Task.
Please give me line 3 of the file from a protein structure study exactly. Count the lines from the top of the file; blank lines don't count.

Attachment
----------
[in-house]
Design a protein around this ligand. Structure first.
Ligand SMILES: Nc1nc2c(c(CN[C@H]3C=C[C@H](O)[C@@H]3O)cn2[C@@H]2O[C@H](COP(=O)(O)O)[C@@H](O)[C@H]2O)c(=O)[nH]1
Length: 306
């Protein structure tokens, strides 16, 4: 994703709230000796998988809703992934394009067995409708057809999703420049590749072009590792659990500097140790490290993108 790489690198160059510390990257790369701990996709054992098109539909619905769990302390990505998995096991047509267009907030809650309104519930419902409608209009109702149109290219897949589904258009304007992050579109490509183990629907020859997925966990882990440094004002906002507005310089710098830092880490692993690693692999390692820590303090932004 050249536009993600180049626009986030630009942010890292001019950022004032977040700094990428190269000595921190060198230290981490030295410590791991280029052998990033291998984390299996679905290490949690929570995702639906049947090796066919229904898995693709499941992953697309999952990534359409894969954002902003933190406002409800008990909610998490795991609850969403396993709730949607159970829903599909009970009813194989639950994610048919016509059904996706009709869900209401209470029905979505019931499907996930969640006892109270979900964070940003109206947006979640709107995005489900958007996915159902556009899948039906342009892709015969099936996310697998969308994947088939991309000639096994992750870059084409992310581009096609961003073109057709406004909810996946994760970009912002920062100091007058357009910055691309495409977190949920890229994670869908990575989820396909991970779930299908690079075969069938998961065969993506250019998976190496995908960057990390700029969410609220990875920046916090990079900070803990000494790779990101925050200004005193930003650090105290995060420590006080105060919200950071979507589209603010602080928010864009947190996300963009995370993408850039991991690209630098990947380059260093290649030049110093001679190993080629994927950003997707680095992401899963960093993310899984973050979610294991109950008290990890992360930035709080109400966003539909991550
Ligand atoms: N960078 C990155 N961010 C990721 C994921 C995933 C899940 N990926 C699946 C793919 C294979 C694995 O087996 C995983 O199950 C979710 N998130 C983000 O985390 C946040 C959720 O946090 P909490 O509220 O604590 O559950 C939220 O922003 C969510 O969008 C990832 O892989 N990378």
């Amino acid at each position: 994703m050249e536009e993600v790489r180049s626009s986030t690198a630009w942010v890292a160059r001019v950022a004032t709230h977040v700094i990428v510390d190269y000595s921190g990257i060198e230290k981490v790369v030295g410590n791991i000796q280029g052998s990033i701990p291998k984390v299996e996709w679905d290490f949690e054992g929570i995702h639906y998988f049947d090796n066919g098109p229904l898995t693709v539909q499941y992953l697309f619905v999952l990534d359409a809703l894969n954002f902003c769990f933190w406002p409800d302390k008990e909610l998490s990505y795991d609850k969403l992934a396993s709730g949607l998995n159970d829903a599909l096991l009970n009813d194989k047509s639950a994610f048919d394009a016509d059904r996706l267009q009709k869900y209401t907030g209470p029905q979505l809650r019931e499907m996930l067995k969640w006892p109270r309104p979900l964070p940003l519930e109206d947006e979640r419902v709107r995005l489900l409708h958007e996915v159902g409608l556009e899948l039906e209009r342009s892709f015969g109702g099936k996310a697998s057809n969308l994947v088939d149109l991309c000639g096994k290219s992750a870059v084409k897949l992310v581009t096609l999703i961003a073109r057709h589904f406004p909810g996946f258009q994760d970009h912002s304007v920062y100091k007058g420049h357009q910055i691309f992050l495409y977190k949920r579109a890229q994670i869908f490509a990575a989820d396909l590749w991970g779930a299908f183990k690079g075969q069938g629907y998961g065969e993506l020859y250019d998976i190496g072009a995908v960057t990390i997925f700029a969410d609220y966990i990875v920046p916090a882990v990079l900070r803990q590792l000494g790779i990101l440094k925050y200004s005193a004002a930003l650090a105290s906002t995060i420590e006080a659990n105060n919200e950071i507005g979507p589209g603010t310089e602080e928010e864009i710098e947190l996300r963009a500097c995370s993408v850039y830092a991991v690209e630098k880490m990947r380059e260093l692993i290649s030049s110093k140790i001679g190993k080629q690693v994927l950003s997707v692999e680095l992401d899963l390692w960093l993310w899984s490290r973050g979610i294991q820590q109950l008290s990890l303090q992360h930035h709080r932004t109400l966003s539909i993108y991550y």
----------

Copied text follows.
Ligand SMILES: Nc1nc2c(c(CN[C@H]3C=C[C@H](O)[C@@H]3O)cn2[C@@H]2O[C@H](COP(=O)(O)O)[C@@H](O)[C@H]2O)c(=O)[nH]1